Recfishwest receives great feedback from fishing communities on proposed marine parks

One of the fishing community’s greatest challenges is maintaining access to high-quality fishing experiences across Western Australia.  

Be it from industrial development, the deterioration and subsequent closing of jetties and platforms, or marine park zones that prohibit fishing, recreational fishers face a constant uphill battle in being able to access the experiences we all love and cherish. 

In the case of marine parks, Recfishwest has been at the coalface this year as we advocate strongly for a fair and reasonable outcome for fishers in two marine parks currently going through the consultation process.  

One of these parks – The Marmion Marine Park – is currently located between Trigg and Ocean Reef and has been in place since 1987. As part of a 2019 commitment, the State Government announced in February plans to extend the marine park further north from Trigg up to Two Rocks.   

Another new marine park is also being proposed on the south coast, between Bremer Bay and the South Australian border.  

In order to assist recfishers having their say, Recfishwest have directly engaged fishers along the south coast and metropolitan regions, as well as undertaking two online surveys, aimed at highlighting the most important areas for recreational fishing in both areas covered by the proposed parks.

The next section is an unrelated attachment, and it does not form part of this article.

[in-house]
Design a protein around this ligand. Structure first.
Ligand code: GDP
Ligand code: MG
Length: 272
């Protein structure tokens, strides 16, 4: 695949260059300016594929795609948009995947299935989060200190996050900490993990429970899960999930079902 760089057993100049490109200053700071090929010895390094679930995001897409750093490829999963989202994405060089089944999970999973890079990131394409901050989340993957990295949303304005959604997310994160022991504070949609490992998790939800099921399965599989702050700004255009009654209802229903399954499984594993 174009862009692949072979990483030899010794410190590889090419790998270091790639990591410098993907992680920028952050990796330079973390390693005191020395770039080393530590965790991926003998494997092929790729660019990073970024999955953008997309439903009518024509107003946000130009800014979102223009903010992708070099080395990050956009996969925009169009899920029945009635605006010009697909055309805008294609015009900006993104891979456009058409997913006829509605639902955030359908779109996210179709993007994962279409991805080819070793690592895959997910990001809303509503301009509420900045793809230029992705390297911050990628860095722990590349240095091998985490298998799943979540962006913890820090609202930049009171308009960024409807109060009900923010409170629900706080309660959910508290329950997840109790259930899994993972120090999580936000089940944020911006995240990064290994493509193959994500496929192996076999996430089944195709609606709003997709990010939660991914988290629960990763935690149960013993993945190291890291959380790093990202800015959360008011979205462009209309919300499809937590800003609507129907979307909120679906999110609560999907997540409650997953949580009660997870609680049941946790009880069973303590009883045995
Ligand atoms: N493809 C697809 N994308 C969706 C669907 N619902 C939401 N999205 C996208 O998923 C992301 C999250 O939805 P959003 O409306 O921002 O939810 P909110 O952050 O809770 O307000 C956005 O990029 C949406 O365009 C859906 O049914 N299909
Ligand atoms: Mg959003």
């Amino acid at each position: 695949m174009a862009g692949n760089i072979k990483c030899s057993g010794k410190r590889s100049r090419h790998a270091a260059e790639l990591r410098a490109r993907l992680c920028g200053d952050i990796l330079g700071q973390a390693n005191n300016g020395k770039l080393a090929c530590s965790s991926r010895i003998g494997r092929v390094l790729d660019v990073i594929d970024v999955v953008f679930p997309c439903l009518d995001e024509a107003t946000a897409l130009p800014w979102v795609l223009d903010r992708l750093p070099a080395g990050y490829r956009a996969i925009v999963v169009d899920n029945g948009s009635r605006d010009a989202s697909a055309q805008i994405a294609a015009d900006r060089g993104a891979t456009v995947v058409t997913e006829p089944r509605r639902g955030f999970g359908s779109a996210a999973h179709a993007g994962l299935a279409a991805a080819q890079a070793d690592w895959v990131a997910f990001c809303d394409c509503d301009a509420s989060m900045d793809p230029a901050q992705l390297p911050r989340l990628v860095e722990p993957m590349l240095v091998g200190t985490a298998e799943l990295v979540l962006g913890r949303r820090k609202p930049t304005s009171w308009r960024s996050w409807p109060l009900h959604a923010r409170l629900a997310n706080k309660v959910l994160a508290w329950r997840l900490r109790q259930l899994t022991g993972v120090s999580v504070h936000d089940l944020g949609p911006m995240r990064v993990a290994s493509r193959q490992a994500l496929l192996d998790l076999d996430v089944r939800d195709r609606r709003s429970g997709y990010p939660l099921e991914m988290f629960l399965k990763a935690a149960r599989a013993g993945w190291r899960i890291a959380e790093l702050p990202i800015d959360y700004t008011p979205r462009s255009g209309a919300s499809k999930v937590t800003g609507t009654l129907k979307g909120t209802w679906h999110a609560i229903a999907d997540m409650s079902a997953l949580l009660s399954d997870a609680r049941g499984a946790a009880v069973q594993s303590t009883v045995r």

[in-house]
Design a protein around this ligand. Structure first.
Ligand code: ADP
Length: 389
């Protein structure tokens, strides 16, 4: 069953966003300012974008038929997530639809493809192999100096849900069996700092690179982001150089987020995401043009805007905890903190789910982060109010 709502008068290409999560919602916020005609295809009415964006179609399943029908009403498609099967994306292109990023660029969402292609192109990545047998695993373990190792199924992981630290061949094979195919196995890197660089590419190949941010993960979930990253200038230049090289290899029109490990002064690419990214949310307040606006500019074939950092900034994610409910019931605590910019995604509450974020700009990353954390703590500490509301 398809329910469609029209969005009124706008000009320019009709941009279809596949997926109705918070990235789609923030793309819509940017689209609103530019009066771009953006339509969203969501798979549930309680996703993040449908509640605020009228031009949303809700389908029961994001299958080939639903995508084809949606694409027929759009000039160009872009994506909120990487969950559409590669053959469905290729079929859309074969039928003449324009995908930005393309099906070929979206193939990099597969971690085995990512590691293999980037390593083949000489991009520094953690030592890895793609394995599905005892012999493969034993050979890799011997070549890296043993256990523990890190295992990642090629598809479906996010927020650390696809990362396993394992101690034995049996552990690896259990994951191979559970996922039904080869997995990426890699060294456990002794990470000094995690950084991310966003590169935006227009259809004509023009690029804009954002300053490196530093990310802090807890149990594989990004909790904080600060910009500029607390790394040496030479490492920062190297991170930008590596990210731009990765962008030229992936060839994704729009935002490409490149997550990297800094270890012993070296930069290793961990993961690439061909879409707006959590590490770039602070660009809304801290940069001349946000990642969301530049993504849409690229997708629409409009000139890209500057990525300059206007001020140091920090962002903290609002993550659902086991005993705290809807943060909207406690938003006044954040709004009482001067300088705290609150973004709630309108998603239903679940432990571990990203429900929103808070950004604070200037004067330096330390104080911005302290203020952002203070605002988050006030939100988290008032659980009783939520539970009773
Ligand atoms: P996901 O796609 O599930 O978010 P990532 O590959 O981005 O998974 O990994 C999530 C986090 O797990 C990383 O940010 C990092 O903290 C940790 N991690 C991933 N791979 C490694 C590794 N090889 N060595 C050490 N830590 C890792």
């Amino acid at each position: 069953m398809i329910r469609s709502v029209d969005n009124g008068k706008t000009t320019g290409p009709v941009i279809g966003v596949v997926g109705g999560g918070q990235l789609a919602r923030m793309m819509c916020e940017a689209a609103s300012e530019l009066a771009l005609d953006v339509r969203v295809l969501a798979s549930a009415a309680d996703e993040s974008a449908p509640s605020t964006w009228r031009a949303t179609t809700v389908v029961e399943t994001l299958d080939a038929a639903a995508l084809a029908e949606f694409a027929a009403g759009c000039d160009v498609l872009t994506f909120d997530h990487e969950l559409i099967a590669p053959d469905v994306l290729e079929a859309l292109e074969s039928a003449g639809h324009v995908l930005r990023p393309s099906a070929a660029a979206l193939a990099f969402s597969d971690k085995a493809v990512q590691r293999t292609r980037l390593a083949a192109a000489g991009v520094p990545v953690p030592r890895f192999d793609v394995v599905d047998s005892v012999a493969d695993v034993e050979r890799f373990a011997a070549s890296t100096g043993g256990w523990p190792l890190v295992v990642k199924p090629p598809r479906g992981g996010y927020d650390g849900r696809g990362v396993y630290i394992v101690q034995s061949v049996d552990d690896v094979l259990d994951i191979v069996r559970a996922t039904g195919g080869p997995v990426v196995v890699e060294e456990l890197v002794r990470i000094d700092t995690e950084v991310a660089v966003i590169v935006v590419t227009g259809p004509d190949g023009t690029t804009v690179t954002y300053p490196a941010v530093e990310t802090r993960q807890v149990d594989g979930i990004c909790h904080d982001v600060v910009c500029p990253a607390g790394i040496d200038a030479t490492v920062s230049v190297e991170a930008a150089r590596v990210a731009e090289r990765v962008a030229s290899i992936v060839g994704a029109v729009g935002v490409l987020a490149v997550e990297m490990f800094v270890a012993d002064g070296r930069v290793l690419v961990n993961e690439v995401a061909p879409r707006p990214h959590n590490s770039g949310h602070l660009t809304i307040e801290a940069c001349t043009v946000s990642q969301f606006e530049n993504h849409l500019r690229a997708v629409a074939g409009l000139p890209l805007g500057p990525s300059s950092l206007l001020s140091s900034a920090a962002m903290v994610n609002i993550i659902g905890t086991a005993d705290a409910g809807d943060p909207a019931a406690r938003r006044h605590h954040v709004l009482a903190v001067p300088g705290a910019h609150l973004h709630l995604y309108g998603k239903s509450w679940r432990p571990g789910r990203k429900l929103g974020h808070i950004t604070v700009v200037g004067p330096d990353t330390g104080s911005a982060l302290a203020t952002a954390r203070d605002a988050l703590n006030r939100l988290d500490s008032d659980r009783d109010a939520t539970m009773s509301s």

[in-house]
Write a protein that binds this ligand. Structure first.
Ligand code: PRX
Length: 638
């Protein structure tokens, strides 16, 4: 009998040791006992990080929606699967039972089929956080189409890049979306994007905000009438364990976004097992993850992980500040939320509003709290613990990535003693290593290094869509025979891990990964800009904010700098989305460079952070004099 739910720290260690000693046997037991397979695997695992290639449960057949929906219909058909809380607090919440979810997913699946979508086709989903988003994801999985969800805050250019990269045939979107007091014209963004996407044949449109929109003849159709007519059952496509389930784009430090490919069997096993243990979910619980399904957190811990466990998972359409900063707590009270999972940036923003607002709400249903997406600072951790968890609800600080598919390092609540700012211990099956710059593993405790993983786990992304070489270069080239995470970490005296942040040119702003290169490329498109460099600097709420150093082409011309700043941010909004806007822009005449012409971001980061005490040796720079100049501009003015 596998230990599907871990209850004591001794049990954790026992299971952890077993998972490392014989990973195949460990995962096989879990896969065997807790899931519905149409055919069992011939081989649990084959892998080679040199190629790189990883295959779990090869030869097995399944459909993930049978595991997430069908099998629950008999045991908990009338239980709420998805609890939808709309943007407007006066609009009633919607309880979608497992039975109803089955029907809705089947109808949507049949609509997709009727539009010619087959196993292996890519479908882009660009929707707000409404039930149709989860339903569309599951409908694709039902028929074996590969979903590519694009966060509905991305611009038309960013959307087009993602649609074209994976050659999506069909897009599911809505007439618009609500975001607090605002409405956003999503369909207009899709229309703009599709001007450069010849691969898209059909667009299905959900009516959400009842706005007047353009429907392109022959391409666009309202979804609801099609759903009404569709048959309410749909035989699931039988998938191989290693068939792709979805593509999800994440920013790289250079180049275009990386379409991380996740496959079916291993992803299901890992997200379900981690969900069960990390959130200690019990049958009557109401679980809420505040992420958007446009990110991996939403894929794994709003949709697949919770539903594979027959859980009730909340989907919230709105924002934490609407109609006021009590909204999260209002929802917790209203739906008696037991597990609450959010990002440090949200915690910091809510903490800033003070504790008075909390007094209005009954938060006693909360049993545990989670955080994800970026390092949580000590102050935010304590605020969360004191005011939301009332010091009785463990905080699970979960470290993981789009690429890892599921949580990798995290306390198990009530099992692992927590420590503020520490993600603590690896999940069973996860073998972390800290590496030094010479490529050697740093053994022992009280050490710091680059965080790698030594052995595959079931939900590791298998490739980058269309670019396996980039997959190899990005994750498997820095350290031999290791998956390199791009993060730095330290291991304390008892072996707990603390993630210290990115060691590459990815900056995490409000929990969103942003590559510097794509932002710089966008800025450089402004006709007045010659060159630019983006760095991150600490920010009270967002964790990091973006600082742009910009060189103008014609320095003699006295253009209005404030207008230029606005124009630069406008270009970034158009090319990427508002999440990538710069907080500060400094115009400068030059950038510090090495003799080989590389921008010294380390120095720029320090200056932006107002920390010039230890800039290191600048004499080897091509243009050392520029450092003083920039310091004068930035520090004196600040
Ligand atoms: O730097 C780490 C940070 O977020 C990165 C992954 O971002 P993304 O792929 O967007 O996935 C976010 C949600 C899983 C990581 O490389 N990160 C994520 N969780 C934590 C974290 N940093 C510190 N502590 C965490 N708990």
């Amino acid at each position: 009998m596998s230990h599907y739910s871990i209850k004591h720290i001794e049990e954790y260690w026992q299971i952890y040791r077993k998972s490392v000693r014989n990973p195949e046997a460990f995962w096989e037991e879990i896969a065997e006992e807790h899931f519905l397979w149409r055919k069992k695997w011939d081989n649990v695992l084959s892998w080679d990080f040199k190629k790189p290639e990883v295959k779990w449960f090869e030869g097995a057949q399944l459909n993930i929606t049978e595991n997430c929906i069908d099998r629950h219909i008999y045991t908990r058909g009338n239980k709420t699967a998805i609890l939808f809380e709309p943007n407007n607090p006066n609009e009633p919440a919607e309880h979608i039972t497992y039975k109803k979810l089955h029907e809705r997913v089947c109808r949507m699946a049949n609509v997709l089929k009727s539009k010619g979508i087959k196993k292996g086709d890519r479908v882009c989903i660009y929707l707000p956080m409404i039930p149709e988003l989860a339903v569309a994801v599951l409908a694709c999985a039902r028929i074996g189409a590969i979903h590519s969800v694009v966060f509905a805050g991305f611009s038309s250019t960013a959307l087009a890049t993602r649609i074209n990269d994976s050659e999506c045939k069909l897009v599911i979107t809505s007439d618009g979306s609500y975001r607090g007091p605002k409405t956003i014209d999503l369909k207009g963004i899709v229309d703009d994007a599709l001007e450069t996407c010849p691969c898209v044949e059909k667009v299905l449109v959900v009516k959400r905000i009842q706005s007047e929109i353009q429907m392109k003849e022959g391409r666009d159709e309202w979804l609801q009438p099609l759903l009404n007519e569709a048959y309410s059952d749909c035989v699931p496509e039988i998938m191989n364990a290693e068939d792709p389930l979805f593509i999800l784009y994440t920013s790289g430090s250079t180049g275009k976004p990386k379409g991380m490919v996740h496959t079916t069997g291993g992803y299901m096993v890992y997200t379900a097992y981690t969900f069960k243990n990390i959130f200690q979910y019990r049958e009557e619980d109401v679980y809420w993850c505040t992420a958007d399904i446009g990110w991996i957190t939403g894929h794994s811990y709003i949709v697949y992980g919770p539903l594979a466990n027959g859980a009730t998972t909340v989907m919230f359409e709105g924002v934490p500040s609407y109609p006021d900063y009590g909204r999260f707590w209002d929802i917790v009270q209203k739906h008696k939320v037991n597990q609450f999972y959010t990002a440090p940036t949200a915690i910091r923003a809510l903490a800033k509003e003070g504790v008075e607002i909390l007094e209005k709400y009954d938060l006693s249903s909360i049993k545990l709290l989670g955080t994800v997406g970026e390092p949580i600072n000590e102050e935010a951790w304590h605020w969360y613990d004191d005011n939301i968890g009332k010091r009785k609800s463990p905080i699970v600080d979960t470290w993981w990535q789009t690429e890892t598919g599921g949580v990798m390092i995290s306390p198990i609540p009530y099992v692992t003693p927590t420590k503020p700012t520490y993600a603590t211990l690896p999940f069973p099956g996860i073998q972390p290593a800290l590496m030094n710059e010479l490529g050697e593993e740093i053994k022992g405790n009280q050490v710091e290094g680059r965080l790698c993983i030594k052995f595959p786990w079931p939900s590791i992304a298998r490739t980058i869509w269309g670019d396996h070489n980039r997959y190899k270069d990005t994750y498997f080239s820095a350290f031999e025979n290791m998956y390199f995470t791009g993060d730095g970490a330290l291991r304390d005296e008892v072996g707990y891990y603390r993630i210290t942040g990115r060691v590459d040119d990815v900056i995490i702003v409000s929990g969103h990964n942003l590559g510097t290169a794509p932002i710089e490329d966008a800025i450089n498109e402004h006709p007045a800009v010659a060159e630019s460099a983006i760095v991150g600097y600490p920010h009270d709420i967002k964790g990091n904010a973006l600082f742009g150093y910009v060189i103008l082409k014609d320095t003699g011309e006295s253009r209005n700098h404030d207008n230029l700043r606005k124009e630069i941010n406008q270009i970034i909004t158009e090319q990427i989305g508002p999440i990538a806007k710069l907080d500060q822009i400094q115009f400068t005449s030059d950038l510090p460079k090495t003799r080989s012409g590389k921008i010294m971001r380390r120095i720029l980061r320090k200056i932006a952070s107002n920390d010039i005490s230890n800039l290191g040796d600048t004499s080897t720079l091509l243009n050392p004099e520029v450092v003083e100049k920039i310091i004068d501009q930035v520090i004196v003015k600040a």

Recfishers were surveyed on numerous questions such as asking them to highlight specific fishing spots they enjoy in these areas, how often they fish, the species they target and what was most important to their fishing experiences, such as accessibility, health benefits and safety.  

Hundreds of thousands of people fish between Trigg and Two Rocks (left) and along our southern coast between Bremer Bay and the South Australian border (right).

Thanks to the great survey feedback provided from 761 fishers across both areas, Recfishwest has been advocating to decision-makers to ensure recfishing values are understood throughout the planning process.   

We are continuing to meet with the Department of Biodiversity, Conservation and Attractions (DBCA) and traditional owners to discuss what can be achieved in these marine parks when recfishing values are applied. 

While marine parks are not a fisheries management tool, it is crucial that any zoning type that impacts on recreational fishing access must be justified by evidence, including how recreational fishing impacts upon the key values being protected.   

Our surveys and meetings conducted in these areas underline the importance of recreational fishers being provided with an understanding around the process and rationale used to develop different zone types.  

Extensive consultation processes are underway, in which Recfishwest is directly involved. Thanks to the feedback gathered below, Recfishwest will be in a stronger position to ensure recfishing values are well understood prior to draft marine park plans being released next year.